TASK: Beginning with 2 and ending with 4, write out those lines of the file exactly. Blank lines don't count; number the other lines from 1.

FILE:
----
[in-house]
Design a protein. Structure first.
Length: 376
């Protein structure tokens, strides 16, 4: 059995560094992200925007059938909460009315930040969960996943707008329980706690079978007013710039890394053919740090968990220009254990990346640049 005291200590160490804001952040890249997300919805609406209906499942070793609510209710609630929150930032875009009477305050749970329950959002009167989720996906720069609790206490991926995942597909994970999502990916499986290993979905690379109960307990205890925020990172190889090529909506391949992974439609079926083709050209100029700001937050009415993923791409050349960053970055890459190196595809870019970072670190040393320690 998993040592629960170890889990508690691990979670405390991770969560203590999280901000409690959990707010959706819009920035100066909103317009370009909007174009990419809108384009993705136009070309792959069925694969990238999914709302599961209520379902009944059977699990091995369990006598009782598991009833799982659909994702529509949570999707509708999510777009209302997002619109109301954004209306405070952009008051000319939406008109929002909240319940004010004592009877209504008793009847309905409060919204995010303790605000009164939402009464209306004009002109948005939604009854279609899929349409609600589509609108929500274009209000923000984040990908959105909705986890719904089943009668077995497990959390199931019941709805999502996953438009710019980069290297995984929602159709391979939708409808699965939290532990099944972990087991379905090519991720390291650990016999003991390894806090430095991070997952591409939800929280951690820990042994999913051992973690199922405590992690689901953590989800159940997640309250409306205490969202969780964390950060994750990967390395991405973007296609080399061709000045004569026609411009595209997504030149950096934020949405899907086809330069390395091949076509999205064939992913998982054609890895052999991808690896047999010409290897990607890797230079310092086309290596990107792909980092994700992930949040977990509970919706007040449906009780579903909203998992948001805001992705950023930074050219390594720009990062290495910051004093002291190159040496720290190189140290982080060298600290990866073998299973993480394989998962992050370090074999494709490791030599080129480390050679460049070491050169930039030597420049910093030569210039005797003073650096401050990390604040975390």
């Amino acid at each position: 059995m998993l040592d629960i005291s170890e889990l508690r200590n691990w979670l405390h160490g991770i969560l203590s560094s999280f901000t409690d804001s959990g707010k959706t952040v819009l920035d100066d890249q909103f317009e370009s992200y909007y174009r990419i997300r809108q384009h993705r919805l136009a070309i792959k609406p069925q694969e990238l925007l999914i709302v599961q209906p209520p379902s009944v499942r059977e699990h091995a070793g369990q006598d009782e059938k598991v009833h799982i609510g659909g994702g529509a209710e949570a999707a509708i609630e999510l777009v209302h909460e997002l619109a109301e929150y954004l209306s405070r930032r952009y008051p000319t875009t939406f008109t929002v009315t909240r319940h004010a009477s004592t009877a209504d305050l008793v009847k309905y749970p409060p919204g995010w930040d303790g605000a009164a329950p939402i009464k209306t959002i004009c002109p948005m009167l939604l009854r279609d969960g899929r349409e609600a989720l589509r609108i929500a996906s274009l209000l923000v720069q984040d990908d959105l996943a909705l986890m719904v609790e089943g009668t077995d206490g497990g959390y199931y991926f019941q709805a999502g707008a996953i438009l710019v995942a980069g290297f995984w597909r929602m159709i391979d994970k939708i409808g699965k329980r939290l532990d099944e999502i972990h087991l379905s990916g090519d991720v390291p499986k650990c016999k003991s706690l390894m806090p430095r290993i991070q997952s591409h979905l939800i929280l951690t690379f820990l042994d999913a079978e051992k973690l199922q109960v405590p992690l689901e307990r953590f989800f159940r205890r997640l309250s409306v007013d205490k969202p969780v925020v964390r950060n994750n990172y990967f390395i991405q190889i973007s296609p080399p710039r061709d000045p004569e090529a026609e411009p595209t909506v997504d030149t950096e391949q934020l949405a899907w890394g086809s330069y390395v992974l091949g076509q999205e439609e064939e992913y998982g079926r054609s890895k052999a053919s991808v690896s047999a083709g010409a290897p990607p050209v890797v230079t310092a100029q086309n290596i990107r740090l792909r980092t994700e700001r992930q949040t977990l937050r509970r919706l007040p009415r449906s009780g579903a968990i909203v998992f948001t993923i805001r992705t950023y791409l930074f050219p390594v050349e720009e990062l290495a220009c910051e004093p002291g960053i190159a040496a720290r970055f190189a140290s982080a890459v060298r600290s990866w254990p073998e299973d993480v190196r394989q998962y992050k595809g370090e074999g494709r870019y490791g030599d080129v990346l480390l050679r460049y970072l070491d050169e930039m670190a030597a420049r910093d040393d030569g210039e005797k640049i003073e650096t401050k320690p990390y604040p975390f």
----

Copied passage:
Design a protein. Structure first.
Length: 376
């Protein structure tokens, strides 16, 4: 059995560094992200925007059938909460009315930040969960996943707008329980706690079978007013710039890394053919740090968990220009254990990346640049 005291200590160490804001952040890249997300919805609406209906499942070793609510209710609630929150930032875009009477305050749970329950959002009167989720996906720069609790206490991926995942597909994970999502990916499986290993979905690379109960307990205890925020990172190889090529909506391949992974439609079926083709050209100029700001937050009415993923791409050349960053970055890459190196595809870019970072670190040393320690 998993040592629960170890889990508690691990979670405390991770969560203590999280901000409690959990707010959706819009920035100066909103317009370009909007174009990419809108384009993705136009070309792959069925694969990238999914709302599961209520379902009944059977699990091995369990006598009782598991009833799982659909994702529509949570999707509708999510777009209302997002619109109301954004209306405070952009008051000319939406008109929002909240319940004010004592009877209504008793009847309905409060919204995010303790605000009164939402009464209306004009002109948005939604009854279609899929349409609600589509609108929500274009209000923000984040990908959105909705986890719904089943009668077995497990959390199931019941709805999502996953438009710019980069290297995984929602159709391979939708409808699965939290532990099944972990087991379905090519991720390291650990016999003991390894806090430095991070997952591409939800929280951690820990042994999913051992973690199922405590992690689901953590989800159940997640309250409306205490969202969780964390950060994750990967390395991405973007296609080399061709000045004569026609411009595209997504030149950096934020949405899907086809330069390395091949076509999205064939992913998982054609890895052999991808690896047999010409290897990607890797230079310092086309290596990107792909980092994700992930949040977990509970919706007040449906009780579903909203998992948001805001992705950023930074050219390594720009990062290495910051004093002291190159040496720290190189140290982080060298600290990866073998299973993480394989998962992050370090074999494709490791030599080129480390050679460049070491050169930039030597420049910093030569210039005797003073650096401050990390604040975390």